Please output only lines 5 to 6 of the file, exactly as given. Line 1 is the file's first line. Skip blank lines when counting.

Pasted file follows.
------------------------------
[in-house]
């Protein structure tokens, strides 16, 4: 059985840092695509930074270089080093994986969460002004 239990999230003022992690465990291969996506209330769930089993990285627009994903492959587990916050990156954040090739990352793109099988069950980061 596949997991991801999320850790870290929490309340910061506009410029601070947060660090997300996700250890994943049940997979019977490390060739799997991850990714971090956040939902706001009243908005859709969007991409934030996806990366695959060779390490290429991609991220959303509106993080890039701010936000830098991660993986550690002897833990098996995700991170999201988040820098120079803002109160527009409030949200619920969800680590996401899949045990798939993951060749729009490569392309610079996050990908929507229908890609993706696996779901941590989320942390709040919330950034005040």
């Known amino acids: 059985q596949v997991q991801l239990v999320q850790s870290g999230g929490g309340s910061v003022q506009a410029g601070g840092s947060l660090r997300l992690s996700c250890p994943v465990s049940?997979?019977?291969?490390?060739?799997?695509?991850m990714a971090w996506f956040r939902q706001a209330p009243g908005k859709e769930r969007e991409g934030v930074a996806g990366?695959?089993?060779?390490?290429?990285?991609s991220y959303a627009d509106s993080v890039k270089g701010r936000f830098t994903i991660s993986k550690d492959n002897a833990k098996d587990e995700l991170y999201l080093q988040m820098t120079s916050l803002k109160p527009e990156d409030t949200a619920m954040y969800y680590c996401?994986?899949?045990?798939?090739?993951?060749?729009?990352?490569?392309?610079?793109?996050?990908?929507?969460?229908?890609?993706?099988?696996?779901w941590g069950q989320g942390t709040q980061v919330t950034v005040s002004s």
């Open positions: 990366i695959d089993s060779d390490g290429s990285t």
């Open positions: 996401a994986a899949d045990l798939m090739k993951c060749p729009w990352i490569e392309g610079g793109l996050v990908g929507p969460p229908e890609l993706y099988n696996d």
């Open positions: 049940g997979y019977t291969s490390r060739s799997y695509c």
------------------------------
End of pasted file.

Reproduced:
């Open positions: 996401a994986a899949d045990l798939m090739k993951c060749p729009w990352i490569e392309g610079g793109l996050v990908g929507p969460p229908e890609l993706y099988n696996d």
């Open positions: 049940g997979y019977t291969s490390r060739s799997y695509c």